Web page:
Report from Honduras in the wake of '98 hurricane

COPAN RUINAS, Honduras -- "Ruins" is a term the Mayan archaeological site at Copan wears proudly as part of its name, but it is a description the rest of Honduras has been trying desperately to shake in the aftermath of Hurricane Mitch last fall.

"Our major tourism attractions are all back up and running," said Gilberto Arita, president of Mayan Caribbean Tours (MCT), which is based in the country's principal international gateway, San Pedro Sula.

"Ruins is once again part of our past," he added, "and a unique, exciting travel experience is what you will find in our present."

A frequent visitor to Honduras, I was both hopeful and anxious about what I'd find as I returned this spring, and while destruction was real, a great assist from the U.S. military and the help of Mother Nature have fashioned a remarkable rehabilitation in a very short period of time.

Most of the highway to Copan survived in excellent shape, and while there were pieces missing, detours were only a minor inconvenience; permanent repairs should be almost finished now.

The ruins themselves were virtually unscathed and enhanced by a fascinating new attraction: Tunnels beneath one of the great pyramids take you into a world that predates even the one that lies exposed to the public.

Almost perfectly preserved in its subterranean tomb is a pyramid christened "Rosalia," for the rose-colored stucco that covers its surface. Separated from visitors by just a few feet and viewable via strategically placed windows, Rosalia's star attractions are its collection of masks and hieroglyphics dating to the sixth century.

A reconstruction of the pyramid forms the dramatic centerpiece of a museum near the ruins. Amidst dozens of structures above ground is the astonishing hieroglyphic staircase, climbing the full height of one of the pyramids and containing some 1,250 blocks of glyph symbols and beautifully preserved sculptures.

In the late afternoon, visitors may be treated to the return of flocks of green parrots that roost nearby or groups of whitetail deer that wander back as the tourists leave.

There are at least two fine hotels available to travelers to the Copan ruins. Outside town is Best Western's Posada Real de Copan, a lovely property in Spanish stucco and red roof tiles. In the heart of the village is the Marina Copan, an inn with even more colonial style structure and atmosphere.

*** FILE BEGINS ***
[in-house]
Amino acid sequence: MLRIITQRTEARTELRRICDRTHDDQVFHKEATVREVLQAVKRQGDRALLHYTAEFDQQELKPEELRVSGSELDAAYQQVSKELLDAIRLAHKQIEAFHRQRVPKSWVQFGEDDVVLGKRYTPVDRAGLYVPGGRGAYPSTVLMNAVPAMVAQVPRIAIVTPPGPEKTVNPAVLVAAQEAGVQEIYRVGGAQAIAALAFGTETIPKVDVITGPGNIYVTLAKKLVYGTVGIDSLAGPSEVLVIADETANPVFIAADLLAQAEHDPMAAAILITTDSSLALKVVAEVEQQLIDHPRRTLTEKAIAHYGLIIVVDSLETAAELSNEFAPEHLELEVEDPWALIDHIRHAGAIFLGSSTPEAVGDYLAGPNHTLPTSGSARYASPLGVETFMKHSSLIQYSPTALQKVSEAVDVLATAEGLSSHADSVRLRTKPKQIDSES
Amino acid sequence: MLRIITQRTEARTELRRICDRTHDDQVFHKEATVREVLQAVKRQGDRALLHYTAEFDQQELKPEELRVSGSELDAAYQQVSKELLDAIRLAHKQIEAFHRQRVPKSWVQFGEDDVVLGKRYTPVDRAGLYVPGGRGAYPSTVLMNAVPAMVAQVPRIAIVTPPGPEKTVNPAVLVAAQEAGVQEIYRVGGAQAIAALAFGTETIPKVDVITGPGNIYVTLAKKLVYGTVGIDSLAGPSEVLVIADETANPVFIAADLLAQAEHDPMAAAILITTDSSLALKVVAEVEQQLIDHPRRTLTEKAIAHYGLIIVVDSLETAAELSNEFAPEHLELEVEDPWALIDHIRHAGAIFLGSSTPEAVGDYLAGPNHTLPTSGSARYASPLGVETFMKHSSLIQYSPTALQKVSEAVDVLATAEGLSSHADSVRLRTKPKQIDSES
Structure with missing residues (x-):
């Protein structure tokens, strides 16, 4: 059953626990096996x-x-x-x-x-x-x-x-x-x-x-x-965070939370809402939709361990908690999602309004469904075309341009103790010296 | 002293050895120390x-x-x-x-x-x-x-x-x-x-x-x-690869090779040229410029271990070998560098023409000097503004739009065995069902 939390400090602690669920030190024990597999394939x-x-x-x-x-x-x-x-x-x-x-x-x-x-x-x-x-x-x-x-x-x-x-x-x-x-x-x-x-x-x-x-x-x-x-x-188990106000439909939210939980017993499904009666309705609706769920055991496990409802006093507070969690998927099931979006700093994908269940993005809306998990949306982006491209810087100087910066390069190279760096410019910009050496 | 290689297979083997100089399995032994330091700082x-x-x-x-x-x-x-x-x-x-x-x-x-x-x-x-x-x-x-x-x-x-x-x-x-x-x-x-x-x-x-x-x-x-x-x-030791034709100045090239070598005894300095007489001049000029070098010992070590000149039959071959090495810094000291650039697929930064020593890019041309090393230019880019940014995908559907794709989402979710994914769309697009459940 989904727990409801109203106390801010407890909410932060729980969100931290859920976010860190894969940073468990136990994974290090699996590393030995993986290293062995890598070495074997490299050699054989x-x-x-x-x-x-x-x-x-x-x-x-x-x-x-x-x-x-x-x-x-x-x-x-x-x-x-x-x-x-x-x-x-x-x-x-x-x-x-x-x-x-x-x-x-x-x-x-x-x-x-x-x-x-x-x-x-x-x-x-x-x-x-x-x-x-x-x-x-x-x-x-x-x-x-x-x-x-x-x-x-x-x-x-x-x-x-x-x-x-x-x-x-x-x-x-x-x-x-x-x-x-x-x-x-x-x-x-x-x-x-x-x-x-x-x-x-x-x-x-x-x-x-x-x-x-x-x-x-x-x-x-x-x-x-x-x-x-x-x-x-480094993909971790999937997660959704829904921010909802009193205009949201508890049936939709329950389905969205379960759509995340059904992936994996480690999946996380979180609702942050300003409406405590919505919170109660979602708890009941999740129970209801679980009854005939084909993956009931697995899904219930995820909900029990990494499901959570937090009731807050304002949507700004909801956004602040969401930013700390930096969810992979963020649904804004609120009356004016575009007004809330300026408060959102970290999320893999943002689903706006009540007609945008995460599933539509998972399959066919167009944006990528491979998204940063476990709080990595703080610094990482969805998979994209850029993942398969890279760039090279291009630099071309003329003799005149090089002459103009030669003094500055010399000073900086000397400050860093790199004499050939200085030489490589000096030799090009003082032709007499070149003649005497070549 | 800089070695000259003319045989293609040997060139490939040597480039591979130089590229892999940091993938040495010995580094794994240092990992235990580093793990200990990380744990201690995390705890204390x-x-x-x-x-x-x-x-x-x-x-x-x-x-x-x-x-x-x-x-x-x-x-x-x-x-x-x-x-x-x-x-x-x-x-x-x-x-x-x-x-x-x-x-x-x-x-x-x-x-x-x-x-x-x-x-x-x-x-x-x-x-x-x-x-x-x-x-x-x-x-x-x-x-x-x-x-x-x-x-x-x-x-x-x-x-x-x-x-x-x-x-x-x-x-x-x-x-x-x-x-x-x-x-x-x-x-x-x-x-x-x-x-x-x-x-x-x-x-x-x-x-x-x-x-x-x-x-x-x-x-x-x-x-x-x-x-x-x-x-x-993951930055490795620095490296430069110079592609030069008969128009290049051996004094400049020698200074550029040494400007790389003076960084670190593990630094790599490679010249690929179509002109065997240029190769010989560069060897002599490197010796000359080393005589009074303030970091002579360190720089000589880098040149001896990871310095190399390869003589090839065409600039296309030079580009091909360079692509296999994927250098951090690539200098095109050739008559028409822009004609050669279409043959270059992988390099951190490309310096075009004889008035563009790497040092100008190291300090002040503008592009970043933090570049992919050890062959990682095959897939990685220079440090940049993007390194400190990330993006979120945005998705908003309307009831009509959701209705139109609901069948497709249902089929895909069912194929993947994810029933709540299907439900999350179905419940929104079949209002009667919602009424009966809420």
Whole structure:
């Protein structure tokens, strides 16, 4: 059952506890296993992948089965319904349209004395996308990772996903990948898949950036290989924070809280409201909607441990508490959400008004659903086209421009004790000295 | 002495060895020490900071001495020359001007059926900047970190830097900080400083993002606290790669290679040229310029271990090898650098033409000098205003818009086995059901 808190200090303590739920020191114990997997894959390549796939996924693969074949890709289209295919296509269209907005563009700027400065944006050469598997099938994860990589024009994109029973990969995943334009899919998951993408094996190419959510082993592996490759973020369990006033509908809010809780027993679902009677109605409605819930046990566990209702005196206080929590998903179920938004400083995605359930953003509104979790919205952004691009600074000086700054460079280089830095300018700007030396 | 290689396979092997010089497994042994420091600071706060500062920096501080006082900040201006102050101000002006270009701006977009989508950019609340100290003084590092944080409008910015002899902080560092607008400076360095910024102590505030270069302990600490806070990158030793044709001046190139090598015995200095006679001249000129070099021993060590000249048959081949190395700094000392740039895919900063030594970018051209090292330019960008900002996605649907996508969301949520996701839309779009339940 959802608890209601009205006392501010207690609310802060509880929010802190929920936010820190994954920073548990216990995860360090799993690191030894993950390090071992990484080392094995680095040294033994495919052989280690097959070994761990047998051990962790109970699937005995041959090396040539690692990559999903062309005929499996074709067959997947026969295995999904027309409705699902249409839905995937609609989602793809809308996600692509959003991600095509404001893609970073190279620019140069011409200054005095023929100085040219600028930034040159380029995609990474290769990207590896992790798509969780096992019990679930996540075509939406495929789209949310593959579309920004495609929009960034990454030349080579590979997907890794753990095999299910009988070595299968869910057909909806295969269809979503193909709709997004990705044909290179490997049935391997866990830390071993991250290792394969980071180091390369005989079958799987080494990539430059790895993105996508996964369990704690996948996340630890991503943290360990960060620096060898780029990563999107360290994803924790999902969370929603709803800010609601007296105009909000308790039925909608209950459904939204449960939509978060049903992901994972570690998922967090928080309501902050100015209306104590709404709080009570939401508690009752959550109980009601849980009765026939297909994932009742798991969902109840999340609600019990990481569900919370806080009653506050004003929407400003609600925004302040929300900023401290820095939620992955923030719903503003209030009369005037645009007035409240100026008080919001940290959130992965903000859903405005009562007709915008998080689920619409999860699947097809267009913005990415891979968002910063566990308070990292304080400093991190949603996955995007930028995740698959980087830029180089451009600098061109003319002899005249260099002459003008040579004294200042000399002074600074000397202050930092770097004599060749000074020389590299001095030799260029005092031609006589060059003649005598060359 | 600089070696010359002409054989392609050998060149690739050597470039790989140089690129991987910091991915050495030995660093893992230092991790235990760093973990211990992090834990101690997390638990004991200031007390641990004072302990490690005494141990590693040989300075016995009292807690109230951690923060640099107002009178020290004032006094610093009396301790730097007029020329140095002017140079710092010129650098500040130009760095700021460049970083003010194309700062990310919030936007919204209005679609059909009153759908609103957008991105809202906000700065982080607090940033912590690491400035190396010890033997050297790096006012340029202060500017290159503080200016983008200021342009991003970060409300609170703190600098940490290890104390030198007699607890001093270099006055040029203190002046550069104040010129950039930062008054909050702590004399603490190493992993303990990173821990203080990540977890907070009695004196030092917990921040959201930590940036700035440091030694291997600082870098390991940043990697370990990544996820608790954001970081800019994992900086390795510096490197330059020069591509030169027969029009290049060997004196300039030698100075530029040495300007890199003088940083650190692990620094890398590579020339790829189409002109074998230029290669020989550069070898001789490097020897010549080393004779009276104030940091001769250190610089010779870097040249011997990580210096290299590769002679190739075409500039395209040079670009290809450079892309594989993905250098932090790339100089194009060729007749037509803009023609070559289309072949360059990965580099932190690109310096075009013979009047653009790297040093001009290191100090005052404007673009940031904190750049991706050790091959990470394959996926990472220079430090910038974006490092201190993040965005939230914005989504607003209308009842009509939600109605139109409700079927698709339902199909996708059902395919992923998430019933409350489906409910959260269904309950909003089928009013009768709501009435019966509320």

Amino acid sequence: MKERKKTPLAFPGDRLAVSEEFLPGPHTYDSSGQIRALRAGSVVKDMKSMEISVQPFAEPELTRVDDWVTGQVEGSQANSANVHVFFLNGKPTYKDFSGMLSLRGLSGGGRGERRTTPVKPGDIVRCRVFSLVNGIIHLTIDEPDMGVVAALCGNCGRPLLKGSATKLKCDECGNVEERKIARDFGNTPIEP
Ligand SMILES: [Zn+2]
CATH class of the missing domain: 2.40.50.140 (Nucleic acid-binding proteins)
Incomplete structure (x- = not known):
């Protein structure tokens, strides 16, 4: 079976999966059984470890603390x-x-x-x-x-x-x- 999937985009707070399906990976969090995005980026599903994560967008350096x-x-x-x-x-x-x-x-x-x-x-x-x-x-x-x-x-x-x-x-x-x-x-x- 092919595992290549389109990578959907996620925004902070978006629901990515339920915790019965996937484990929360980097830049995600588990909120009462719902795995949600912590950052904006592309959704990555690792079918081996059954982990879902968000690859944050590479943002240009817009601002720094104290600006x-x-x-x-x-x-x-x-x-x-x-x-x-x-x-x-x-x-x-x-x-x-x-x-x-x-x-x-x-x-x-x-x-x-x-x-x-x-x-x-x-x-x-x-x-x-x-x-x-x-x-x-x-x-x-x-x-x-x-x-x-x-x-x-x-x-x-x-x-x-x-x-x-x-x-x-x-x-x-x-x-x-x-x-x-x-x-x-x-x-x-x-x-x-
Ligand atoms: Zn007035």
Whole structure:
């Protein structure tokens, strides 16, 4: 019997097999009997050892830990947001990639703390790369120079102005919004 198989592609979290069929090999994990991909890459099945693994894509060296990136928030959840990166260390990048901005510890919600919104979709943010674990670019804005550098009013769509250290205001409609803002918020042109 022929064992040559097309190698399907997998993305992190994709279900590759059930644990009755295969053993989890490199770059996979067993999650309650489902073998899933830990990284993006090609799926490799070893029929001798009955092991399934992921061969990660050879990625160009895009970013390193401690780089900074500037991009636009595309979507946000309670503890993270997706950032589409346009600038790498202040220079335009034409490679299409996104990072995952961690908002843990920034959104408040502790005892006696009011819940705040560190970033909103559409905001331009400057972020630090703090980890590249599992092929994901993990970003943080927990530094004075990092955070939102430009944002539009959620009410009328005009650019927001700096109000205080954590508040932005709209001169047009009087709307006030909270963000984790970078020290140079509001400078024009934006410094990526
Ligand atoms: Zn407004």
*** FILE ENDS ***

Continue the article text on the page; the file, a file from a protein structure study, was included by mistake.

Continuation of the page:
While birding is good at Copan, it is even better at the Lancetilla Botanical Gardens, near the coast town of Tela. Lancetilla was created by the large fruit company whose endless fields of pineapple and orchards of bananas and citrus fruit dominate the area.

The abundance of such flora attracts such species as those I saw during one short morning walk: keel-billed toucans, great kiskadees, chestnut oropendolas, yellow-bellied sapsuckers and the bright red hepatic tanager.

About an hour's drive east of Tela is the Cuero y Salada Wildlife Refuge, a wetland area on the coast reached by riding a tiny train that backs passengers in from the village of La Union and drives forward to get them out.

Once in the park, guides escort passengers across a lagoon and up creeks where blue morpho butterflies dart about, howler monkeys swing through the tall mahogany trees and turtles and the occasional crocodile sun on logs near the water's edge. Birding here is also excellent.

Many concerned citizens have sought ways to help the people of Honduras in the aftermath of the hurricane. My suggestion is to book travel into that country, a move that will bring foreign revenue and provide a life-affirming experience for the visitor.

American, Continental and Taca serve Honduras from various U.S. gateways, and MCT provides some of the best land packages and the most attentive service in-country. MCT prefers to sell a net rate but will work out commissionable packages if agents prefer.

Phone: (011) 504-557-7638
Fax: (011) 504-557-6344
E-mail: [email protected]

The Honduras Institute of Tourism maintains an office in Coral Gables, Fla.
Phone: (800) 410-9608

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